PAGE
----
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Davao City, Philippines

Davao City intensifies drive against polio

September 20, 2019 - Friday 5:09 PM by Funny Pearl A. Gajunera

Article Banner Image ANTI-POLIO DRIVE. Health Secretary Francisco Duque administers a polio vaccine during an anti-polio campaign in Manila on Friday September 20, 2019. TED ALJIBE / AFP

A mother watches as a health worker administers a polio vaccine during an anti-polio campaign in Manila on September 20, 2019. TED ALJIBE / AFP

 

DAVAO CITY -- The City Health Office (CHO) is now intensifying its campaign against polio after the Department of Health (DOH) declared an outbreak of the disease and pinpointed Davao as one of the areas in which the virus has been detected.

CHO head Dr. Josephine Villafuerte confirmed that Davao River tested positive of the polio virus based on the August 22 sample gathered by the Research Institute for Tropical Medicine (RITM).

Villafuerte said the moment her office found out about the confirmed samples, she immediately called a meeting to map out measures that need to be undertaken to prevent the spread of the virus

“We’ve been checking the entire community if there are confirmed cases of polio virus. So far there is none,” she said.

Villafuerte said only the polio vaccine can prevent the disease.

Villafuerte said the virus is contagious and can be acquired through infected water like the Davao River and even public swimming pools.

“We gathered all the resort owners, barangay captains of coastal barangays and those near the river banks to inform them on how they can help in the prevention of the spreading of the virus,” she said.

Though there are no reported polio case in the city, Villafuerte said that the public should remain vigilant and follow the preventive measures since anyone can be infected of the virus.

“People should avoid swimming in the river banks and public swimming pools, should always wash their hands, ensure that they have their own bathrooms, take the vaccine, and maintain proper hygiene,” Villafuerte said.

“There is no age limit when it comes to polio virus. One should really have a vaccine for him to be safe against the disease,” she said.

First polio case since 2001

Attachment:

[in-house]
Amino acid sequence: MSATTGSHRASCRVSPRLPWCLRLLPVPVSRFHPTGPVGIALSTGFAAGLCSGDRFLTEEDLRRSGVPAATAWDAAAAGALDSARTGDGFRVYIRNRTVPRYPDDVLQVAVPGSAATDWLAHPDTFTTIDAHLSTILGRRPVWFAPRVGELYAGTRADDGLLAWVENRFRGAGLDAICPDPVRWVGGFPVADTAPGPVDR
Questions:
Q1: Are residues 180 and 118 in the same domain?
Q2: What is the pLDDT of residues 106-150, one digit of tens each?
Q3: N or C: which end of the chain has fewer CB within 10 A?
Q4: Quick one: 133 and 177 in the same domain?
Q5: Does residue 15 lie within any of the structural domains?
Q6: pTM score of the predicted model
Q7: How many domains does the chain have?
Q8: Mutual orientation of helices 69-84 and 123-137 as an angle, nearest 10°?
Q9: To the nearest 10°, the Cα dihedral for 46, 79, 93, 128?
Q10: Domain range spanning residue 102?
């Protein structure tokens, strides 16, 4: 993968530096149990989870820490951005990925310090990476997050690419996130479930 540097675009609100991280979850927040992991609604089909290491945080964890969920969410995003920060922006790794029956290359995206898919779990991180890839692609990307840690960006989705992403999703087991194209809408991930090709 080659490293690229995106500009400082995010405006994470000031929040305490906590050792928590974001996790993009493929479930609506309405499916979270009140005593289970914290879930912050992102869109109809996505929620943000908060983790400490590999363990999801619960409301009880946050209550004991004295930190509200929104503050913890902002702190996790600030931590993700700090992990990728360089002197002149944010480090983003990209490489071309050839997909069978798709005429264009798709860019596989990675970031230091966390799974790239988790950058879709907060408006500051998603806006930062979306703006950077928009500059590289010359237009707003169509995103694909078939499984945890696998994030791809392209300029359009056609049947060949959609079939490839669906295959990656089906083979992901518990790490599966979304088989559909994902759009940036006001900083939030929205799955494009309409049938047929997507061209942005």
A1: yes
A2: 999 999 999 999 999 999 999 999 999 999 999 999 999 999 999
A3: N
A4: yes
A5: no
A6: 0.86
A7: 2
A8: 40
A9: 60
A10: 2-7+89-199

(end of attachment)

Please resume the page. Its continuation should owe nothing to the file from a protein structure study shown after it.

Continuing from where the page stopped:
On Thursday, Health Secretary Francisco Duque said a three-year-old girl in Lanao del Sur had contracted polio, while the virus was also detected in Manila's sewage and in waterways of Davao City.

"This is our first polio case of any kind since 2001," Health Secretary Francisco Duque told AFP.

The Department of Health (DOH) said it was also investigating one other suspected case, but gave no details.

"We are concerned there are maybe other people who have been exposed to this virus and there could potentially be other cases," WHO country representative Rabindra Abeyasinghe told reporters.

Over the past three decades the world has made great strides in the battle against polio, a highly infectious disease which can lead to paralysis or even death and has no cure.

The World Health Organization said only 33 cases were reported worldwide last year.

The news comes after the Philippines was hit by measles and dengue outbreaks earlier this year, killing more than a thousand people, as many parents did not get their children vaccinated.

"When your (immunization) coverage is very low, you can have the vaccine-derived virus being transmitted from person to person," Abeyasinghe said, referring to polio.
Duque called on parents, health workers and local governments to help government doctors boost the vaccination effort.

"It is the only way to stop the polio outbreak and to protect your child against this paralysing disease," Duque added. With a report from Agence France-Presse

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